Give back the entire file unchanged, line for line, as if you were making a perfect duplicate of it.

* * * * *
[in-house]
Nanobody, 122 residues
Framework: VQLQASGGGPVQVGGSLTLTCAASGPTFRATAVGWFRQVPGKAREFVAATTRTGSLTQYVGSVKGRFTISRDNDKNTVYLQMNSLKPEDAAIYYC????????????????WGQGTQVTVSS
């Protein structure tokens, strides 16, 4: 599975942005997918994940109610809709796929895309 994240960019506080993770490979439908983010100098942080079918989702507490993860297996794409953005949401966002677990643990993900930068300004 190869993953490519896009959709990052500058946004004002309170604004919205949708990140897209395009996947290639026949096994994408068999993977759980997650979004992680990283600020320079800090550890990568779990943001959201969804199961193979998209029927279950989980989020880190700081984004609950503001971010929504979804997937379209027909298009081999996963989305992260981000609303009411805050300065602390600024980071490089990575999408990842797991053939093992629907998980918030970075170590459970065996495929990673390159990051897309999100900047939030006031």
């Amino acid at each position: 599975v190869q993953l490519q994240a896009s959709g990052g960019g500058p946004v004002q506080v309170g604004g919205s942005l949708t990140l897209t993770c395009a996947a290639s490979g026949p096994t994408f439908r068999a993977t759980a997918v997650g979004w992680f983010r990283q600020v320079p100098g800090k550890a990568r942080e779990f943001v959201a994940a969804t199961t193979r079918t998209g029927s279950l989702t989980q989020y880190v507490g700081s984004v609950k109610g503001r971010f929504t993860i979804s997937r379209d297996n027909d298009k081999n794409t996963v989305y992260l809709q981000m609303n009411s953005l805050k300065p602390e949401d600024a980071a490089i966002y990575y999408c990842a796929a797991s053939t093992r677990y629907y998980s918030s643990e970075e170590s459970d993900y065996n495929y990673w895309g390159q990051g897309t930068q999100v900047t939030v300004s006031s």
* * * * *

[in-house]
Nanobody, 122 residues
Framework: VQLQASGGGPVQVGGSLTLTCAASGPTFRATAVGWFRQVPGKAREFVAATTRTGSLTQYVGSVKGRFTISRDNDKNTVYLQMNSLKPEDAAIYYC????????????????WGQGTQVTVSS
């Protein structure tokens, strides 16, 4: 599975942005997918994940109610809709796929895309 994240960019506080993770490979439908983010100098942080079918989702507490993860297996794409953005949401966002677990643990993900930068300004 190869993953490519896009959709990052500058946004004002309170604004919205949708990140897209395009996947290639026949096994994408068999993977759980997650979004992680990283600020320079800090550890990568779990943001959201969804199961193979998209029927279950989980989020880190700081984004609950503001971010929504979804997937379209027909298009081999996963989305992260981000609303009411805050300065602390600024980071490089990575999408990842797991053939093992629907998980918030970075170590459970065996495929990673390159990051897309999100900047939030006031």
């Amino acid at each position: 599975v190869q993953l490519q994240a896009s959709g990052g960019g500058p946004v004002q506080v309170g604004g919205s942005l949708t990140l897209t993770c395009a996947a290639s490979g026949p096994t994408f439908r068999a993977t759980a997918v997650g979004w992680f983010r990283q600020v320079p100098g800090k550890a990568r942080e779990f943001v959201a994940a969804t199961t193979r079918t998209g029927s279950l989702t989980q989020y880190v507490g700081s984004v609950k109610g503001r971010f929504t993860i979804s997937r379209d297996n027909d298009k081999n794409t996963v989305y992260l809709q981000m609303n009411s953005l805050k300065p602390e949401d600024a980071a490089i966002y990575y999408c990842a796929a797991s053939t093992r677990y629907y998980s918030s643990e970075e170590s459970d993900y065996n495929y990673w895309g390159q990051g897309t930068q999100v900047t939030v300004s006031s």